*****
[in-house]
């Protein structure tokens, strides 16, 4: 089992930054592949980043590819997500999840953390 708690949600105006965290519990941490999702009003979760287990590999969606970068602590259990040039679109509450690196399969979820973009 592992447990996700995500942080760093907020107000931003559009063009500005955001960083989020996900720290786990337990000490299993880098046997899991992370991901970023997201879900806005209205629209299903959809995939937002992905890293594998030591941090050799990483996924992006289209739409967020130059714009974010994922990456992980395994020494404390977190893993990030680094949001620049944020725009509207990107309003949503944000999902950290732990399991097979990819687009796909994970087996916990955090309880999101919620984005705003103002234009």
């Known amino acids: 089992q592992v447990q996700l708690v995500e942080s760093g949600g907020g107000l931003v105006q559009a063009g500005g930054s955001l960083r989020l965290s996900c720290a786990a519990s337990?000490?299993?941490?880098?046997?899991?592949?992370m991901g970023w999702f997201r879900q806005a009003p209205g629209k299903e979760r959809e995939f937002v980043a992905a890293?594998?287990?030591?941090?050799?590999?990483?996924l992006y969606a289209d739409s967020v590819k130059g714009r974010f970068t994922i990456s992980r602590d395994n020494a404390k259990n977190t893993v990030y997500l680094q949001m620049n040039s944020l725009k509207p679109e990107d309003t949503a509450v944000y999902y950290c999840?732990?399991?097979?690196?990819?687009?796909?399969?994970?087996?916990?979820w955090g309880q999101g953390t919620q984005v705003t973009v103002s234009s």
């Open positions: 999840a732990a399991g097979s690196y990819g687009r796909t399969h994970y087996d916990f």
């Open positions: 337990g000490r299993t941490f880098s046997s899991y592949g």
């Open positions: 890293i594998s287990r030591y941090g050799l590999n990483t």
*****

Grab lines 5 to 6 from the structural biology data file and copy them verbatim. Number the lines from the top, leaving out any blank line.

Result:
């Open positions: 337990g000490r299993t941490f880098s046997s899991y592949g």
């Open positions: 890293i594998s287990r030591y941090g050799l590999n990483t």